Slap in the Face: A Tribute to Sticker and Graffiti Art
Exhibition: January 19th to February 15th, 2012
This exhibition heralds the rise of sticker art, which has evolved as a biproduct of street art, a movement from the 1970’s that has since become a global phenomenon. The stickers featured are at times derogatory, humorous, refined, or crass; while some are eulogies, others are as straight-forward as tagging one’s name. Specially adopted for the ease of vandalism, their fast and low-impact appeal is a cost-effective solution to other riskier methods of graffiti such as: spray paint, wheatpasting, scribing and etching. The peel-and-slap of sticker art allows the artist time to develop and detail their final product. The goal is to inform an often unwilling participant/viewer, alter the landscape, impact social consciousness and gain recognition by other street artists. To succeed is to proliferate an area of graffiti with high-quality images or text. The more stickers, the more dominance. More than a call for infamy, sticker art effectively presents a concise, transitory, democratic and accessible form of art, and addresses topics such as: ownership, social hierarchy, socio-economic politics and artistic boundaries. Work often is a declaration. Ultimately, the most compelling motivation behind sticker slapping may be the earnest desire to show presence, to exist, to locate oneself, to be heard in an environment which resists it.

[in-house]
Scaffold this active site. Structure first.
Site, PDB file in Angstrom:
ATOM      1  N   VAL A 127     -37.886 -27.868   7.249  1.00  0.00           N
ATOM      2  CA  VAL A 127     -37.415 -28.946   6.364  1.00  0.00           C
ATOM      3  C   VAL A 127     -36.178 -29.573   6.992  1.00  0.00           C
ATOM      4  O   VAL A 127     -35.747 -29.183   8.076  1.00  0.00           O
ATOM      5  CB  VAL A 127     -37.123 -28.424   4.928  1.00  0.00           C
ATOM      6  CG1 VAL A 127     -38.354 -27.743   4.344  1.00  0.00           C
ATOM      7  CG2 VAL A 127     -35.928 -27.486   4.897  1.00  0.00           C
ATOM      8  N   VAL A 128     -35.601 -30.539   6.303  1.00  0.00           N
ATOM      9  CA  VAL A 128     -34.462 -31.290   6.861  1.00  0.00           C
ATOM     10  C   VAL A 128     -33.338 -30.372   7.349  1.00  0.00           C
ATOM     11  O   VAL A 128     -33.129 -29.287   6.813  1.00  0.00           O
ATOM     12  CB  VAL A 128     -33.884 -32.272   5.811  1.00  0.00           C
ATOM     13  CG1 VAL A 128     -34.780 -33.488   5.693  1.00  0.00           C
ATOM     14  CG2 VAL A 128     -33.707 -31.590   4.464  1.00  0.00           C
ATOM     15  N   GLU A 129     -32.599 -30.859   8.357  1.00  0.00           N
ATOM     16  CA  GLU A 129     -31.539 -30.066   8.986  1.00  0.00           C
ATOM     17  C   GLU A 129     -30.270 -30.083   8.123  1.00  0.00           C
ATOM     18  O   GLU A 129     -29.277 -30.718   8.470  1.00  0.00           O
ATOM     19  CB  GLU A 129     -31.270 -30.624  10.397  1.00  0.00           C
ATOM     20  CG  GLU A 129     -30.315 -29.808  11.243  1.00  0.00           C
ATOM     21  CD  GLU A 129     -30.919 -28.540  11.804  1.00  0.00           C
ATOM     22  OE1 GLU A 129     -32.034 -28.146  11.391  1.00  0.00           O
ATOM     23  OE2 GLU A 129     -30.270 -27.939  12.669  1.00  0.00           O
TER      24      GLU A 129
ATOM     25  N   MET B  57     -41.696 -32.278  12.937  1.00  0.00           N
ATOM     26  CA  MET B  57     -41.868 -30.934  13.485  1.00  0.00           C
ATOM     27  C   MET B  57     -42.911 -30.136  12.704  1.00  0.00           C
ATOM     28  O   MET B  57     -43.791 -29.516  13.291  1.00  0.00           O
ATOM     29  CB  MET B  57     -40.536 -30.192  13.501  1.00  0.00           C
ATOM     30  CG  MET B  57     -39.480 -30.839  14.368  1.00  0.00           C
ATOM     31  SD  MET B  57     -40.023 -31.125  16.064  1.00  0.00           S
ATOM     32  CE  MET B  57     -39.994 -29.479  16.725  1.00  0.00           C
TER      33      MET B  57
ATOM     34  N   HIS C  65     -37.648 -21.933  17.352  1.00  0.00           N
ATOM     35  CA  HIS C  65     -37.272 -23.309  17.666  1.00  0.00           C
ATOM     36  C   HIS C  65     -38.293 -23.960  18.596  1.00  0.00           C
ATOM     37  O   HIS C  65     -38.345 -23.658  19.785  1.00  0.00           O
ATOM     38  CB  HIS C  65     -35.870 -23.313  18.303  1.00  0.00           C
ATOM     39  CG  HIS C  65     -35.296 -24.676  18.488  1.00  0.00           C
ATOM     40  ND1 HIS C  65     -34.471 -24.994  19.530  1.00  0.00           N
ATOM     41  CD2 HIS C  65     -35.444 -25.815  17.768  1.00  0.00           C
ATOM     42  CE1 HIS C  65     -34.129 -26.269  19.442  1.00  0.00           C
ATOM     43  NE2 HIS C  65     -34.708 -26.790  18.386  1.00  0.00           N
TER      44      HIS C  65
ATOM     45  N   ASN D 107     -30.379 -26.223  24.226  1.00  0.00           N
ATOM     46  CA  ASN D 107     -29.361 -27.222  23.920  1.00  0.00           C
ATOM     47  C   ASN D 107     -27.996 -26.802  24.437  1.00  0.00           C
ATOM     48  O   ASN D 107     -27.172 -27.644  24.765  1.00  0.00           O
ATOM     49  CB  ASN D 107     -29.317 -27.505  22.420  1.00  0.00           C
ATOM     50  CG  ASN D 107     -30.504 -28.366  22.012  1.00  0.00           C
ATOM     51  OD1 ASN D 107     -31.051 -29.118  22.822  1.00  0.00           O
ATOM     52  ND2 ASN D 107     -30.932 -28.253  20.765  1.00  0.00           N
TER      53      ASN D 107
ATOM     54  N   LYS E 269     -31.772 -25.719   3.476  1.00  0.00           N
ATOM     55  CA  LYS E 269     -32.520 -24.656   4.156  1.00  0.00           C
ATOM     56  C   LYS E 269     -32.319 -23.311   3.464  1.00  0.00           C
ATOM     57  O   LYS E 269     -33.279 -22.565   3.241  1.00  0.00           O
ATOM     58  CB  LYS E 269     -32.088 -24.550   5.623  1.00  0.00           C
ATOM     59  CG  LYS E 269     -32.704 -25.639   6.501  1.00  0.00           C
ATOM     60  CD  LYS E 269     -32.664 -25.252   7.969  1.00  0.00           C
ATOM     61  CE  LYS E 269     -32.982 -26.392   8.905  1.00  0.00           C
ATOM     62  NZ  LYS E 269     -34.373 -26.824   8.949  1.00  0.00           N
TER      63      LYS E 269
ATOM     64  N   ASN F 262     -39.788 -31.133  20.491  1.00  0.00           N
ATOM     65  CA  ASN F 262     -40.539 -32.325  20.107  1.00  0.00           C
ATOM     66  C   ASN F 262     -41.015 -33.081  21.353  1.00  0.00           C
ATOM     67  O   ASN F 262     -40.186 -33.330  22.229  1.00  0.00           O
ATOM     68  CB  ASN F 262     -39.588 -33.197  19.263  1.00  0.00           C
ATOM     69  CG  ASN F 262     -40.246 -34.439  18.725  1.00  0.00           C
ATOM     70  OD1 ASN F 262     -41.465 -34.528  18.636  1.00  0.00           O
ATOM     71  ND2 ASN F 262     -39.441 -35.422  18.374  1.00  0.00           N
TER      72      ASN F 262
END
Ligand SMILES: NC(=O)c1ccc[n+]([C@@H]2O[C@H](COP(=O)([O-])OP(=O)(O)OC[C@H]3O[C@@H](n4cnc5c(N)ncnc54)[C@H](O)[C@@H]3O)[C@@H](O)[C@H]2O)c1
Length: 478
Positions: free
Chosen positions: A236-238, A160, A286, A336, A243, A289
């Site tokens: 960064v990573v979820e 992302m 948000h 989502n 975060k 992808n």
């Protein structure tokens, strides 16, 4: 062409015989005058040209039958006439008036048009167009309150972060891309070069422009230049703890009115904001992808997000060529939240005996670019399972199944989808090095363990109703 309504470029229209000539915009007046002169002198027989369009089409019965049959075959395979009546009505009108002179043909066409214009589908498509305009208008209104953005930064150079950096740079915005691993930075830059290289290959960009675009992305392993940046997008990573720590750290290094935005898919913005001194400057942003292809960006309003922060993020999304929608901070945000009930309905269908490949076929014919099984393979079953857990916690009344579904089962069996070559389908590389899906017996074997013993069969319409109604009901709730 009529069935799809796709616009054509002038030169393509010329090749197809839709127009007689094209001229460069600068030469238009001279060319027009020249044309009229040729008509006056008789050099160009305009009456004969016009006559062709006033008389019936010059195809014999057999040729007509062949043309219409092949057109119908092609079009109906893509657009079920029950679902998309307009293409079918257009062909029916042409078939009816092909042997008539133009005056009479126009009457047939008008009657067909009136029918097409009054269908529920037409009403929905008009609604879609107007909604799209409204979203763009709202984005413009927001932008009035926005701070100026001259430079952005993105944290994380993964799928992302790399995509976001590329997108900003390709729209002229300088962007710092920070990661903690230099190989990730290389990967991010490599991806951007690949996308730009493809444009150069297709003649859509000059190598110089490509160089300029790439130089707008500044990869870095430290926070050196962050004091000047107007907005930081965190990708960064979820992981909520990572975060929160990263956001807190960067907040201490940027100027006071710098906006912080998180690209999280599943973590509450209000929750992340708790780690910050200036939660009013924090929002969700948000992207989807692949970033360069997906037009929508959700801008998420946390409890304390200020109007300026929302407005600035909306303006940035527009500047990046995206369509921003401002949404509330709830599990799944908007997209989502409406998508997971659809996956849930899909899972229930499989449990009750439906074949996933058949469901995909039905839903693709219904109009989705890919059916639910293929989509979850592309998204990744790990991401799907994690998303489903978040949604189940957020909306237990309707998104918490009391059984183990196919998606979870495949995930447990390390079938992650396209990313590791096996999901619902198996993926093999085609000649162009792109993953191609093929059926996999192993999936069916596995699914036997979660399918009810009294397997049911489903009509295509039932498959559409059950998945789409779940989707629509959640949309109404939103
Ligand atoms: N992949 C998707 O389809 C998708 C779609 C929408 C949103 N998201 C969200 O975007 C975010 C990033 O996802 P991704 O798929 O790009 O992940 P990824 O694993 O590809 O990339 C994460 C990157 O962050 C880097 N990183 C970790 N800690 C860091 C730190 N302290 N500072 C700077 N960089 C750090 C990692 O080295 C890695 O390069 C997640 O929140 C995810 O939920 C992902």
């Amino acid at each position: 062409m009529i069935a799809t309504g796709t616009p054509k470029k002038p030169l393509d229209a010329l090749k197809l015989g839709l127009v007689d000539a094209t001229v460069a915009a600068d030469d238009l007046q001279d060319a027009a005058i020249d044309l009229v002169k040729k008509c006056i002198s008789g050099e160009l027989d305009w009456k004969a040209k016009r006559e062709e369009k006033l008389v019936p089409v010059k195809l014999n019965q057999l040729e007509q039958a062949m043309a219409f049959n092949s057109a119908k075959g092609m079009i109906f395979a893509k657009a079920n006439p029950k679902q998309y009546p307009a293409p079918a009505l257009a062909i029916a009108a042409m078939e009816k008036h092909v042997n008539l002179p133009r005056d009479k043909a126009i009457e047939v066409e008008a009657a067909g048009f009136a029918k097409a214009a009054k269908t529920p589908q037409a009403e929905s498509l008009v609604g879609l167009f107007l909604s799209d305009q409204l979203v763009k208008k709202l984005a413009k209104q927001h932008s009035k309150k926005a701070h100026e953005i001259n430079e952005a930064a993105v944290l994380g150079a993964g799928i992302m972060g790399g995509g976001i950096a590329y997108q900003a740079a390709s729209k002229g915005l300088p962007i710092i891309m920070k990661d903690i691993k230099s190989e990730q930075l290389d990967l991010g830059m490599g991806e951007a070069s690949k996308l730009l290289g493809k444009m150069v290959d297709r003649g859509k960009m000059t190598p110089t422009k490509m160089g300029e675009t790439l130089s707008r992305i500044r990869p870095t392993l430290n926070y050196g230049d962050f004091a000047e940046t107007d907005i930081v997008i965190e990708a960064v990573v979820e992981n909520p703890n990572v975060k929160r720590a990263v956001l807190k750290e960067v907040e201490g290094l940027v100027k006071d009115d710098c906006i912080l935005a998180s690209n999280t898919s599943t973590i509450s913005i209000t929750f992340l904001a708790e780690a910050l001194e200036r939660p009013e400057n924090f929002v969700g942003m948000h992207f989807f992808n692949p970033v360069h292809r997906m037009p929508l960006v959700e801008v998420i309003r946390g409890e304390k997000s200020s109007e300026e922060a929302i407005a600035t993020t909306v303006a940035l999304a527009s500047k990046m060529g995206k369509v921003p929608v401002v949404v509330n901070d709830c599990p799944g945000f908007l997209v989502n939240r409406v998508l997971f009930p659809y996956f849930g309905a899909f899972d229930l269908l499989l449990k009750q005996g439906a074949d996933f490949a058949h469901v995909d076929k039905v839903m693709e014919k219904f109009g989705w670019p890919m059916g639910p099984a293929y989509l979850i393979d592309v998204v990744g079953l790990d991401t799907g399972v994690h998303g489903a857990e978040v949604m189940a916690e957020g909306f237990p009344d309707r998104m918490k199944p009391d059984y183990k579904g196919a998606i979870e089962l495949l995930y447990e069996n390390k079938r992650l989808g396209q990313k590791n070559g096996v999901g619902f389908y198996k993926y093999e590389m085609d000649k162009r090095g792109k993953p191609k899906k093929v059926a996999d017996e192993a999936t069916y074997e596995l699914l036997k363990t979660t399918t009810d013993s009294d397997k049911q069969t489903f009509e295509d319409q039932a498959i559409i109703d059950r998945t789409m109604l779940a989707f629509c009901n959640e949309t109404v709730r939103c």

Exhibition Curators: Jordan Ayoub, Carolyn Ho, Ali Hawkes and Jessy Gaumann.